The car is started and driven off. Because it’s a diesel, straightaway it’s likely to be on boost – and plenty of it. So air is exiting the turbo at (say) 100 degrees C and then passing through an intercooler that’s at (say) 70 degrees C. As can be seen by the relativity of these figures, the intercooler will still drop the temp of the induction air, but only by a small amount. The result is hot induction air entering the engine, resulting in poorer power, fuel economy and throttle response.
- Heat Sinking Capability and Underbonnet Intercoolers
Now here’s where it starts getting really interesting. In most cars, an intercooler with a high heat sink capability is a good thing – it allows the intercooler to knock off the temp spikes caused by short-term high boost events. But if the heat-soaked intercooler has a high heat-sink capability, it will stay hot for longer.
So for example, an underbonnet water/air design, which has a high thermal mass (water has a very high ability to absorb heat, or to put this another way, stay hot once it is hot!) will have poor effectiveness as an intercooler for quite some time after a hot car has been re-started.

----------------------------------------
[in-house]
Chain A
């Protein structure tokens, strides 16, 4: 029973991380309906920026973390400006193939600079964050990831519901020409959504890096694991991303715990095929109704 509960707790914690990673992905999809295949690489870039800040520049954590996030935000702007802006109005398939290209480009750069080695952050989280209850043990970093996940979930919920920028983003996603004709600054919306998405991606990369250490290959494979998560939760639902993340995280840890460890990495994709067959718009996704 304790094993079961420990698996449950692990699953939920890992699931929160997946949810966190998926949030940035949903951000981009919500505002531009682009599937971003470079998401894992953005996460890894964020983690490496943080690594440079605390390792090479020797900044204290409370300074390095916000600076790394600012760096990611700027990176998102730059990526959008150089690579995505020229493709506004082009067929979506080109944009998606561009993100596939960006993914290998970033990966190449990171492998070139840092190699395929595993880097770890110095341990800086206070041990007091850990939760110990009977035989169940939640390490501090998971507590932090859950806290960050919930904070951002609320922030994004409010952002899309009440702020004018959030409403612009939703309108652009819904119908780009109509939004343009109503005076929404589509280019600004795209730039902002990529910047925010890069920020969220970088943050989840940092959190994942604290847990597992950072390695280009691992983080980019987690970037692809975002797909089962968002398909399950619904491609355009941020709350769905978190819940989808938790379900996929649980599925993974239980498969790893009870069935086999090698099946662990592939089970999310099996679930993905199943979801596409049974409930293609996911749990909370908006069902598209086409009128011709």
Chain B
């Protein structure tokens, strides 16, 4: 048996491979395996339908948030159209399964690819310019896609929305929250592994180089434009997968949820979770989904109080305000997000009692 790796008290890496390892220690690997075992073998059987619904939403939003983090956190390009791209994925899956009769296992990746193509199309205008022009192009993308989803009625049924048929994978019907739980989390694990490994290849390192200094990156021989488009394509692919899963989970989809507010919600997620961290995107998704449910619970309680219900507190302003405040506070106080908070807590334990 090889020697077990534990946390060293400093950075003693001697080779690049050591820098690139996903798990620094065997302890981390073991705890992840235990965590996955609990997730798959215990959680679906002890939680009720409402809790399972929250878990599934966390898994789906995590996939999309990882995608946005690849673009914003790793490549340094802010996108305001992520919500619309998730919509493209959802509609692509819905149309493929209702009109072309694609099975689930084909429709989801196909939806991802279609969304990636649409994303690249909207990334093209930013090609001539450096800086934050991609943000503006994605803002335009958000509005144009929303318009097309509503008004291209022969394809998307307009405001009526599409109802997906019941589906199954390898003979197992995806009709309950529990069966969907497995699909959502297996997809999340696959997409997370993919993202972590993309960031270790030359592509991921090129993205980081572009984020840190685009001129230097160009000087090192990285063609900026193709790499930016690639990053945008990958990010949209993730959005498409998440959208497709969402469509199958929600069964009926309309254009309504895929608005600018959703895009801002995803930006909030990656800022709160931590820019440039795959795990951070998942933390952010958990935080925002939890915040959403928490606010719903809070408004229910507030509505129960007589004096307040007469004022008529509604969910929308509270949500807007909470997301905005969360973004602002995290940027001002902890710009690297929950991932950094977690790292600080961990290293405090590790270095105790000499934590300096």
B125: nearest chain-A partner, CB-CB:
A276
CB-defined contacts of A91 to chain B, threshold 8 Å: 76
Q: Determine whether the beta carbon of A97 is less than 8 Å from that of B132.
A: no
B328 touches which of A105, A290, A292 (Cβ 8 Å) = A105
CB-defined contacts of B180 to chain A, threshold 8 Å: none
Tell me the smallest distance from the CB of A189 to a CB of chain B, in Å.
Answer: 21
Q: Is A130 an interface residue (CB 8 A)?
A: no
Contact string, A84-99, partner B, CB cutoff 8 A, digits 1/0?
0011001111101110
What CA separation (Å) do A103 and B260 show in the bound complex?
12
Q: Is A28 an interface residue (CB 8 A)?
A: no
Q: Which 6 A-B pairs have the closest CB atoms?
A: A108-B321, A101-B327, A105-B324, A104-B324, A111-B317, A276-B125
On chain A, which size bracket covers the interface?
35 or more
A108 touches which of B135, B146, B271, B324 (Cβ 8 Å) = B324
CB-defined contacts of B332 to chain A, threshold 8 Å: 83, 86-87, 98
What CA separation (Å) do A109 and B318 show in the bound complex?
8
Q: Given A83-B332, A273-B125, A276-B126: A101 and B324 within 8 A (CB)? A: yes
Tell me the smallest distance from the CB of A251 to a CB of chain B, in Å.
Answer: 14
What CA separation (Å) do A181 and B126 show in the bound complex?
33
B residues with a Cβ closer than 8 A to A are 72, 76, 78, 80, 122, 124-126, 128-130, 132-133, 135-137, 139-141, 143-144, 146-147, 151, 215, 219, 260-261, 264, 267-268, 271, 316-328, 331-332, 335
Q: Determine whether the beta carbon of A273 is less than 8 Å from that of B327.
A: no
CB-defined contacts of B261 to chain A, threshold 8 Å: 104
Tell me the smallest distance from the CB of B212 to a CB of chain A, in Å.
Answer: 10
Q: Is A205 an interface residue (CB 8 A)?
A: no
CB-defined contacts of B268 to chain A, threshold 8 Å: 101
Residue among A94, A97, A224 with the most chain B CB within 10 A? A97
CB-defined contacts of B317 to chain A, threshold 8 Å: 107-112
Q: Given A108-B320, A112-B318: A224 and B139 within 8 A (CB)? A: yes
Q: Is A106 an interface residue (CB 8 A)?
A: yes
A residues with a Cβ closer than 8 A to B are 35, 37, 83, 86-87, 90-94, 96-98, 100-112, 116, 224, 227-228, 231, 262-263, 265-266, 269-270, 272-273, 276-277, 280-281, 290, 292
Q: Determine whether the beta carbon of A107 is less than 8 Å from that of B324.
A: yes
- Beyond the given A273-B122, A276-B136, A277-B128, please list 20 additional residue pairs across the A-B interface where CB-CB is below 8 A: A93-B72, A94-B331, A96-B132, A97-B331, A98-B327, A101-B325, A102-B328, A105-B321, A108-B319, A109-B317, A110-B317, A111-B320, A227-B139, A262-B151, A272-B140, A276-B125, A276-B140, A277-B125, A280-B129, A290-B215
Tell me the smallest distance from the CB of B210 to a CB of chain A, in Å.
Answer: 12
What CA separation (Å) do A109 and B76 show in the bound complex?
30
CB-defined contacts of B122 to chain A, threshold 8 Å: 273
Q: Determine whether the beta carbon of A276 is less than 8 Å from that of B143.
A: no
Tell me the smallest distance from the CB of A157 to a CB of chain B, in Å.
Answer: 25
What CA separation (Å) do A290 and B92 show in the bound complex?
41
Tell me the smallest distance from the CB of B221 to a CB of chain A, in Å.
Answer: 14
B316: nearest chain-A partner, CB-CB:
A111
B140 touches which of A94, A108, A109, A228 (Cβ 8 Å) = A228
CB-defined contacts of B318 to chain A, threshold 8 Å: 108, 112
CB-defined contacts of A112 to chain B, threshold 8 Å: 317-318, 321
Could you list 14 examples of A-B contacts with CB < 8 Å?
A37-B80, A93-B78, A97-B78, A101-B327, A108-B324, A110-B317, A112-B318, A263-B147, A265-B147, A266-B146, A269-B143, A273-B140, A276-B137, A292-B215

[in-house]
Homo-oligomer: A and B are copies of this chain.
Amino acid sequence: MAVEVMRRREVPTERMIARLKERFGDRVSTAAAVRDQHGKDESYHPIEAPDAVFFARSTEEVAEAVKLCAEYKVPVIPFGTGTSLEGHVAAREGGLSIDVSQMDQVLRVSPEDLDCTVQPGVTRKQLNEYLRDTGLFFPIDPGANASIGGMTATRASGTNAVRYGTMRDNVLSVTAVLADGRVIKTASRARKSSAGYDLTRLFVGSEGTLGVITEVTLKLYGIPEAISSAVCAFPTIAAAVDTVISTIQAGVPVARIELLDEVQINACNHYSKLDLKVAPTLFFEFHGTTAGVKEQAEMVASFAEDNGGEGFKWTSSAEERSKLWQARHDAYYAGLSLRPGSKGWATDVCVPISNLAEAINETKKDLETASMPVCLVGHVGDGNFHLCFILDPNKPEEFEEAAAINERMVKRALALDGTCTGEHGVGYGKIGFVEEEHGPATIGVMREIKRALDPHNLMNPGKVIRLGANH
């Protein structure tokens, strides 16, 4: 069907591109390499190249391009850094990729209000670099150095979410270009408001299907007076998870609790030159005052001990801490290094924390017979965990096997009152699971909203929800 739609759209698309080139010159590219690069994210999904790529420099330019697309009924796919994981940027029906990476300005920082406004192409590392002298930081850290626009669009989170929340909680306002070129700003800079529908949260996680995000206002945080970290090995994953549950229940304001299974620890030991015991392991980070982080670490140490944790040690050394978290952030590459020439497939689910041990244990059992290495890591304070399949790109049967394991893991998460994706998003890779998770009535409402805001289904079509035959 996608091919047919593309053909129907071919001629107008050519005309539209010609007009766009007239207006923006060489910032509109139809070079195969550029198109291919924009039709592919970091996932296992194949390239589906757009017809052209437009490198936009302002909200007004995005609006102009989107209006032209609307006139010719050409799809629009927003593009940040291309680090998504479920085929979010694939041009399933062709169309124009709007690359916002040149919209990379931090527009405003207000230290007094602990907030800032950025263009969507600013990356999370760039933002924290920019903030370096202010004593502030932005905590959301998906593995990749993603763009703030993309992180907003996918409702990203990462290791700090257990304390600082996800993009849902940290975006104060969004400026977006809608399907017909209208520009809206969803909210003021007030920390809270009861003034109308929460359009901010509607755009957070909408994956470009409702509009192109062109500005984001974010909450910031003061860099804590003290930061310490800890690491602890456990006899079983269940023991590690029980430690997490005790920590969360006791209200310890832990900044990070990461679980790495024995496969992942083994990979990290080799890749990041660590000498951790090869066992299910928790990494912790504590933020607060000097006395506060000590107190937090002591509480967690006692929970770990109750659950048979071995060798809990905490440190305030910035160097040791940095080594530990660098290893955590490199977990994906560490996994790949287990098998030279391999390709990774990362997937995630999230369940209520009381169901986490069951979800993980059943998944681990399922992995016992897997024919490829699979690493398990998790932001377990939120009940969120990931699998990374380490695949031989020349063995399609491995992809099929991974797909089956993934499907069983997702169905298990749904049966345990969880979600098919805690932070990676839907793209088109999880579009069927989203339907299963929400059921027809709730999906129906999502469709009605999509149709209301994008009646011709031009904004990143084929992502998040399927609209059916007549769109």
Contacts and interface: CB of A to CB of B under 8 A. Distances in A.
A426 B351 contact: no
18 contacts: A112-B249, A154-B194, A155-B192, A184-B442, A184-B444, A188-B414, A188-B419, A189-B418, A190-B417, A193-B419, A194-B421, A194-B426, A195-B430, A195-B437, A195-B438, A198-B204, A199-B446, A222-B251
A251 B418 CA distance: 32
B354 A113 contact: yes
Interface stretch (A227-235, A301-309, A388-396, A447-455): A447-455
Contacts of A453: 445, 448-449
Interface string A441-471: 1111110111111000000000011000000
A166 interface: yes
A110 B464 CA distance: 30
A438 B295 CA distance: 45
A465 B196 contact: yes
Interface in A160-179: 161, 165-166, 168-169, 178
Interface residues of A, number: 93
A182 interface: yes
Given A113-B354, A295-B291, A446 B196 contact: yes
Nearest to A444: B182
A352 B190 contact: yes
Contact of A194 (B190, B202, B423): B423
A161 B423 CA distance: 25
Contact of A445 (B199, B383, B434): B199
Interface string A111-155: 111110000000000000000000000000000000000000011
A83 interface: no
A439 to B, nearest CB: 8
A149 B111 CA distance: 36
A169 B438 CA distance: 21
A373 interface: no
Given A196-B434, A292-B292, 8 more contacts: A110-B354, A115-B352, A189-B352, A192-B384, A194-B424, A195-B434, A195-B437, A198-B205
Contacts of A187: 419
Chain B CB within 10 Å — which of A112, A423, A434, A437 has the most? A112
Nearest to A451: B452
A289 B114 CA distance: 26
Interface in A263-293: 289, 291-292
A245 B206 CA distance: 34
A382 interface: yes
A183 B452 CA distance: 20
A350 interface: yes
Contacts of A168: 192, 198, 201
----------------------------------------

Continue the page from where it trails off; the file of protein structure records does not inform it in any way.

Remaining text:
That’s just the same as for a water/air intercooler under the bonnet of a petrol turbo car. Measured intake air temps on a factory water/air intercooled Subaru Liberty RS shows that intake air temps remain high for some time after a hot car has been restarted. But in the petrol turbo car, boost is used less and is lower in level, so allowing time for the water/air heatsink to drop in temp after driving off.
- Pressure Drop
At a given boost pressure, a diesel has equal airflow at one-tenth full load, half full load, and full load. In other words, diesel airflows are on average considerably higher than are experienced in a petrol engine car of the same capacity. This has major implications for intercooler sizing. If the intercooler causes a pressure drop (ie has a flow restriction), not only will top-end power suffer but, through the increased pumping losses, cruise fuel economy may also be affected.
Water and Diesels
Because of their small cylinder clearance volumes (ie high compression ratios), diesels are very susceptible to engine damage if they ingest water. This has implications for water/air intercooler designs – any internal water leak could quickly prove catastrophic.
So where does all this lead us for diesels?